Marg and Rob purchased a Horizon Wattle (Mercedes Sprinter) motorhome built by Ballina Campers and are planning to circumnavigate Australia over the next couple of years.
In 2011, we travelled from Brisbane to Perth return accross the Nullarbor both ways, and in 2012 we travelled various places on the Easr Coast of Australia. The highlight of the year was our October November trip to Port Douglas which included the total eclipse of the sun.
Just a couple of days to go, and we will head off from Brisbane on a clockwise journey around the continent. Along the way we will share birthdays with a couple of our grandchildren - one joins the 'Teen set' - how the years have flown.
We plan on frequent updates of our progress on this site.
June 15th 2013
Perth Part Two Another week or two has flown by with many activities/appointments etc as well as lots of fun with the family in Perth. It seems that between various health checks and tests, a small motorhome repair that still persists and a computer repair for Marg that didn't go right, we seem to have struggled up frustration hill! Hopefully the coming week will flatten that hill once and for all and we will soon be able to head north. Yesterday was one of the few days where we were free to go look-about and spent time at Yanchep National Park. This is a large area with a shallow lake at the entry, limestone caves, and quite a number of bush walks ranging up to 55 ks. As this is a national park, we used our ... read more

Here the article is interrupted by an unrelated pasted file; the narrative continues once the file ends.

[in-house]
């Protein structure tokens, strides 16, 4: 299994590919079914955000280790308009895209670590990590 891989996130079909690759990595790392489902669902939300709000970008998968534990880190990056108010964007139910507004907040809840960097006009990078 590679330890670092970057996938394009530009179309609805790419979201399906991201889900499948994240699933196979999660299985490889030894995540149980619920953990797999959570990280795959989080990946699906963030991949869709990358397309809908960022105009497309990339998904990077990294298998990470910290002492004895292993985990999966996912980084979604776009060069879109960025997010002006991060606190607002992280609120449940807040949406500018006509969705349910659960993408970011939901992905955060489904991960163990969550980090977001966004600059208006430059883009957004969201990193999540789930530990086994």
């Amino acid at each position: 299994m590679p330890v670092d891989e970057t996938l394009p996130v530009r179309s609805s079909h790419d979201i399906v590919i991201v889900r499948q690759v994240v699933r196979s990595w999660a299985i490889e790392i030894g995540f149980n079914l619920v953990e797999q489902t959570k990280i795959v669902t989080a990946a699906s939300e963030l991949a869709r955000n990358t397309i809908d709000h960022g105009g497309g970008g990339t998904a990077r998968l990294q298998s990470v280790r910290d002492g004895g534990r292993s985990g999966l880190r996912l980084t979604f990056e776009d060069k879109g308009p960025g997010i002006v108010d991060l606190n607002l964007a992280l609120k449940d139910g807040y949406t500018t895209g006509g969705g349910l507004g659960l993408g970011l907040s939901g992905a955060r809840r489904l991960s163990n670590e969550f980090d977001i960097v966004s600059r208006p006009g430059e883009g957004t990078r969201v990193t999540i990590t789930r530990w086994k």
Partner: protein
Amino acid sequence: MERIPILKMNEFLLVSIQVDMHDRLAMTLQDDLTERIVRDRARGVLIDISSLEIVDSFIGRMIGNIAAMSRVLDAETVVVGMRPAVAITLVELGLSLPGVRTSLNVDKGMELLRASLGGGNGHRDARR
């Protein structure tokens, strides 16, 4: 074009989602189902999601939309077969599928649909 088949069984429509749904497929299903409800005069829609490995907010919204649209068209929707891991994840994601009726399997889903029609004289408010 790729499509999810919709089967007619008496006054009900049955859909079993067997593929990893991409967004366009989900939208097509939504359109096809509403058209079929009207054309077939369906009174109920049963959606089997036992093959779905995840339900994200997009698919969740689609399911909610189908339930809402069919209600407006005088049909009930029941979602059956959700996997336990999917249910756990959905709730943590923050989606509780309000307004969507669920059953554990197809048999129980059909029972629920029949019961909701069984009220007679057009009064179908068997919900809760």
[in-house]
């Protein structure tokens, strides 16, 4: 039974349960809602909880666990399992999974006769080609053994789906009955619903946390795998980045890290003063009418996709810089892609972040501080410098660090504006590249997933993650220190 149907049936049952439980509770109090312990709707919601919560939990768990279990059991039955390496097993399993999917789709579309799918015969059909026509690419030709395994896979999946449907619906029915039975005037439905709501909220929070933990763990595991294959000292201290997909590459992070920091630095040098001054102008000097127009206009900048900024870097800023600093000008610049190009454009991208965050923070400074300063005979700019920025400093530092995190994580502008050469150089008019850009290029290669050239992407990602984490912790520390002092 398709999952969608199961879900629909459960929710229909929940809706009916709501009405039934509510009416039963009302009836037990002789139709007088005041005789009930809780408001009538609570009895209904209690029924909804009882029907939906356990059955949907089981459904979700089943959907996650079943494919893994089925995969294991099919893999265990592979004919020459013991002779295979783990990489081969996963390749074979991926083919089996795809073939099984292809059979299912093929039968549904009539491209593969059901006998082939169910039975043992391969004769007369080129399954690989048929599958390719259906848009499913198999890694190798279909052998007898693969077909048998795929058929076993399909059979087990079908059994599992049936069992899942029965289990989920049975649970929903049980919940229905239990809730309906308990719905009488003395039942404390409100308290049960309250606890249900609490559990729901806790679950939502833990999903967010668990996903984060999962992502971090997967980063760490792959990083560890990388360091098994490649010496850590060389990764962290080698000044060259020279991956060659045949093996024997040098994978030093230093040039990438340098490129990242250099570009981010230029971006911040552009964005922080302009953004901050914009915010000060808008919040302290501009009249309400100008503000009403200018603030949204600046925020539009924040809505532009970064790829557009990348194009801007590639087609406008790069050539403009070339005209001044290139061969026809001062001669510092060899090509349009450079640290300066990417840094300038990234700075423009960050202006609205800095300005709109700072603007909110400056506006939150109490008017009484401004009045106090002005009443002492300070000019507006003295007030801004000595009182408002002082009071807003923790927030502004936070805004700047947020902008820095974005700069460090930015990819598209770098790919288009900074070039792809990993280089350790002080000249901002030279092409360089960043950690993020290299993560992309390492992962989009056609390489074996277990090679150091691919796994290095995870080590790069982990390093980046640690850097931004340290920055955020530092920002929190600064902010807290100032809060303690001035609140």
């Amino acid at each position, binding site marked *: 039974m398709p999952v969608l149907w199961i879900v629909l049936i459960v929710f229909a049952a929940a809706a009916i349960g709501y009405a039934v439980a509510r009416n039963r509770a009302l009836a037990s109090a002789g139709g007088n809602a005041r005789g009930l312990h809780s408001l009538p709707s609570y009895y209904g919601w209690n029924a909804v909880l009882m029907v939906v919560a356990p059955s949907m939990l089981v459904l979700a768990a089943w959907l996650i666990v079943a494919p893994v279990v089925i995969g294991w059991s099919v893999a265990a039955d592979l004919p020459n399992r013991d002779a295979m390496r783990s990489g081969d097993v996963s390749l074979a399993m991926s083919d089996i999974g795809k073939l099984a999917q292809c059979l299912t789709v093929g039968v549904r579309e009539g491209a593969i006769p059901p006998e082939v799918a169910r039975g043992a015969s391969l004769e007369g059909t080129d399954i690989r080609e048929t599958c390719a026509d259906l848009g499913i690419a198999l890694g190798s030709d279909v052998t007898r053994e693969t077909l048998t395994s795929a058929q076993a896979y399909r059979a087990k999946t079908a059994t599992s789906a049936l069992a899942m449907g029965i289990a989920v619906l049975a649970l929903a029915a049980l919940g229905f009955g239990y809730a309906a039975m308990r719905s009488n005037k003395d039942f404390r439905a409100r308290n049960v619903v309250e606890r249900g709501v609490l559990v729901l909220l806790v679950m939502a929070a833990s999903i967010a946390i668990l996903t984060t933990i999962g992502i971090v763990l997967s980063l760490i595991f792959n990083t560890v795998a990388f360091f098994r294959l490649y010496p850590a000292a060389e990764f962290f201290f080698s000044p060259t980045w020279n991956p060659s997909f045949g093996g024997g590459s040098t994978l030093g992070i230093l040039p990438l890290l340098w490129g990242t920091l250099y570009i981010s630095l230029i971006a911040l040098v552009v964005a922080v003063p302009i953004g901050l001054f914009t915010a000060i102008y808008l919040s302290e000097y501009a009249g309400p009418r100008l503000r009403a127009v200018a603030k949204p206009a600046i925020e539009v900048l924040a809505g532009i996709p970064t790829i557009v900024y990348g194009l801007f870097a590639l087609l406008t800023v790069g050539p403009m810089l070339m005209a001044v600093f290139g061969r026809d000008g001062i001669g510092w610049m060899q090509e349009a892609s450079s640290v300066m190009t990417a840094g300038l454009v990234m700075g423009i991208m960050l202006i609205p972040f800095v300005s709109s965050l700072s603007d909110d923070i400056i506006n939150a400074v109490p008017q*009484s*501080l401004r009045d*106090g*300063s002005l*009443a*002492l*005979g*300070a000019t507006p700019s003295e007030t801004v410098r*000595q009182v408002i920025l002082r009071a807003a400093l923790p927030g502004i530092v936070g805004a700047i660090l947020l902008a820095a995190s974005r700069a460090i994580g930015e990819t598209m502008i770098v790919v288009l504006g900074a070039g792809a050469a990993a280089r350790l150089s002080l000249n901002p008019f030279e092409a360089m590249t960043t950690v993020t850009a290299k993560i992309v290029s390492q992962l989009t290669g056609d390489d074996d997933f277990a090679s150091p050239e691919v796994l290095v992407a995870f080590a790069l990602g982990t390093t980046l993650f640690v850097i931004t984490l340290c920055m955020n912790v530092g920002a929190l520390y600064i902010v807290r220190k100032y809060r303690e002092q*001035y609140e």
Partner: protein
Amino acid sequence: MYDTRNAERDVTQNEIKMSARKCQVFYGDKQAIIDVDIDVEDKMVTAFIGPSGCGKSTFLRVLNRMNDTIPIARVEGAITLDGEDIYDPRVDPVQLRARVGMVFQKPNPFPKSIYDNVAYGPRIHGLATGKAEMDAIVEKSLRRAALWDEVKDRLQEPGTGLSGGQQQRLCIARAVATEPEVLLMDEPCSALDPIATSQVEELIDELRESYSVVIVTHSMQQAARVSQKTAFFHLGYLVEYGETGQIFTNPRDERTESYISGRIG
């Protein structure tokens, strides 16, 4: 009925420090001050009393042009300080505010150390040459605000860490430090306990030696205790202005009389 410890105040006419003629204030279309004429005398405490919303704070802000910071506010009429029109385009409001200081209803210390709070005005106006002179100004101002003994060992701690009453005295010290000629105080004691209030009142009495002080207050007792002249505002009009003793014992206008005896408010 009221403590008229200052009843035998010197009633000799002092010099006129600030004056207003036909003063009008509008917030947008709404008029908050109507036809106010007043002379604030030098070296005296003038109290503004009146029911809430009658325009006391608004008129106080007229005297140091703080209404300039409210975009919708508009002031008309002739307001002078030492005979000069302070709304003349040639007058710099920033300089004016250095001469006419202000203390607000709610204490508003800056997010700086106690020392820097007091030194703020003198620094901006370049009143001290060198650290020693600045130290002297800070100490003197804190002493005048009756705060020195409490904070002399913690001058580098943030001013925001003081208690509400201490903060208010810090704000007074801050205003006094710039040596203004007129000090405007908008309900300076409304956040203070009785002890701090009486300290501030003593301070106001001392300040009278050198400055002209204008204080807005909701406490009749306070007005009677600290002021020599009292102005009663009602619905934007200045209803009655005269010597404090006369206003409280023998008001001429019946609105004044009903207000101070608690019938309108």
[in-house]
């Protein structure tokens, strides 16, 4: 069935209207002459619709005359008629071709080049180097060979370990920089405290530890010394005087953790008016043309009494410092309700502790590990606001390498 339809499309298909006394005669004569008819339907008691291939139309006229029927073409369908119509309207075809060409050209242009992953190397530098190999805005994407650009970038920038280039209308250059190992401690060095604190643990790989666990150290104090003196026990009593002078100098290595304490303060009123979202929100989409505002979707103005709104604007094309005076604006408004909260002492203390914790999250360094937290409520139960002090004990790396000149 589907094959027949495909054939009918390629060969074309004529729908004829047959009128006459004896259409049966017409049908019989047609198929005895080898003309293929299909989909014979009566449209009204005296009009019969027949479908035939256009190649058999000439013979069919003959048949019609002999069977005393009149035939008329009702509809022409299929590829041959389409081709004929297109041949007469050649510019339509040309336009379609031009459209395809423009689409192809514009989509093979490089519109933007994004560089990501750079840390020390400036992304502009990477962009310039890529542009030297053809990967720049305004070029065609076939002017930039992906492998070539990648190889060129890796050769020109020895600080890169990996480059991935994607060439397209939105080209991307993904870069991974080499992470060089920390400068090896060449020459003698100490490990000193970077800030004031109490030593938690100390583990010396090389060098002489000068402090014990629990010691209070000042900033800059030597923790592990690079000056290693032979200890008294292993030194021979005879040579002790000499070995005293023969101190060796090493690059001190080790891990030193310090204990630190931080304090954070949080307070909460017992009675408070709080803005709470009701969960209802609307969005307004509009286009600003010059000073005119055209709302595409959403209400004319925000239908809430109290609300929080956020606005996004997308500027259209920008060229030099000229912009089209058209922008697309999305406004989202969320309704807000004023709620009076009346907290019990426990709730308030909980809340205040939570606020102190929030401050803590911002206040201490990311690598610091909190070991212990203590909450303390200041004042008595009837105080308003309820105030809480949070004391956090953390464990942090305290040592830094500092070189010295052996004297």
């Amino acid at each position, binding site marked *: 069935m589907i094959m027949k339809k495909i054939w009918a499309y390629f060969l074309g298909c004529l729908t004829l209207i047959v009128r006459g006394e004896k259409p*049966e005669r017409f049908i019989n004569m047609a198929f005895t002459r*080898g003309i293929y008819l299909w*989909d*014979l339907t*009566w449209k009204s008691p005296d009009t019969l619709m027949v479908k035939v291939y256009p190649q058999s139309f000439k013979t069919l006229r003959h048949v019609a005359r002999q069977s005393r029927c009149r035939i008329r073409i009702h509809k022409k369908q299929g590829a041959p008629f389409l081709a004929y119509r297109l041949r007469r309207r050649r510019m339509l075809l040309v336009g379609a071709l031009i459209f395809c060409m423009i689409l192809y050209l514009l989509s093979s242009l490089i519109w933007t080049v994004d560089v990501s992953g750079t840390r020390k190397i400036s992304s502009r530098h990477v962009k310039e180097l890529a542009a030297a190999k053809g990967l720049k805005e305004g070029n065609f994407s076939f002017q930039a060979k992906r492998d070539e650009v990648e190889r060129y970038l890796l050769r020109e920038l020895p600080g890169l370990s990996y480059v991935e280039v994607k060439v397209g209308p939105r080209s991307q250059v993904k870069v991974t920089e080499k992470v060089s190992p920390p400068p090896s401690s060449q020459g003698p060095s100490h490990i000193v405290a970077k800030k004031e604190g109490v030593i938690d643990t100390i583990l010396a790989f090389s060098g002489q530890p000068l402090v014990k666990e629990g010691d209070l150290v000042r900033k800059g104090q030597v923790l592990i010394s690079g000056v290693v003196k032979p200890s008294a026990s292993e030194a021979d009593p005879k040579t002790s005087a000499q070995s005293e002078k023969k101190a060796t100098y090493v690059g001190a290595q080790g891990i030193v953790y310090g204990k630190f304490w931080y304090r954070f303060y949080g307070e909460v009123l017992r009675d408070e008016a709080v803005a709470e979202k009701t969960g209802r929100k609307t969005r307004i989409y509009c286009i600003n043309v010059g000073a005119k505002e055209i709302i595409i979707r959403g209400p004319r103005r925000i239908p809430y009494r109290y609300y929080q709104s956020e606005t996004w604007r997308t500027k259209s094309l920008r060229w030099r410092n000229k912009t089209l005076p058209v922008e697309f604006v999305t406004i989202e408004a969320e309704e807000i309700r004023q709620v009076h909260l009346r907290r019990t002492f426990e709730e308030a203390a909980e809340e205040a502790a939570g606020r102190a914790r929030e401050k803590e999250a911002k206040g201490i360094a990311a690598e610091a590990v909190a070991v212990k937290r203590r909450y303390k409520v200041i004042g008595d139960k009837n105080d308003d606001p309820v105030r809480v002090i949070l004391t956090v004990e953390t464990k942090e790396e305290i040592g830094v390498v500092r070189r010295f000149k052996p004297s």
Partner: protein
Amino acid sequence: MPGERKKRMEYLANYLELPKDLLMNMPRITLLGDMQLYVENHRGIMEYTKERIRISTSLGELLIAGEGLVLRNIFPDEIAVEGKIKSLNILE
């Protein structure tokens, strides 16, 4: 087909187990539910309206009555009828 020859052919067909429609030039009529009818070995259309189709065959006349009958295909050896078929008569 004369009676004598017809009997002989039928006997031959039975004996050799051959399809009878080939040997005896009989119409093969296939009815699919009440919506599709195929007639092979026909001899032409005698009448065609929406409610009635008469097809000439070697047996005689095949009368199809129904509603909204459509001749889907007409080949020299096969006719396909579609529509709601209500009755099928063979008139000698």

June 3rd 2013
We have been quiet on the blog for the past couple of weeks as we have as intended been spending time with our family who live in Perth. In addition, we have had some unplanned journeys after dialling 000 as a result of some cardiac arrhythmia issues. An ER is a really interesting place to watch a different slice of human endeavour. The ER was locked down with police guards when my ambulance arrived. From Marg's nursing experience I was aware that this mostly happens when a felon, or seriously at risk victim needs urgent medical assistance. In this instance, the patient was under constant armed guard as well as the external entry/exit from the busy ER. During the 4 hours where I was being sorted out by ER plus resident Cardiologist, there was an amazing ... read more
May 16th 2013
With the reunion with our family looming in Perth, we set off to catch up with them by weeks end. When we visited Western Australia (WA) previously, the only southern coastal link we had not covered was Esperance to Albany, though we had covered part of this as we passed through Ravensthorpe last time on our way to Wave Rock. This time we continued on the highway through to Albany. This coastal city has a reputation for rain, as does the southern plains. Hence we saw great pastures and land prepared for or already planted for the next grain or canola crops. The main thing we wanted at Albany was to restock with fresh fruit and vegies before turning north west for Perth. For those who have not travelled these roads, there are fruit and vegetable ... read more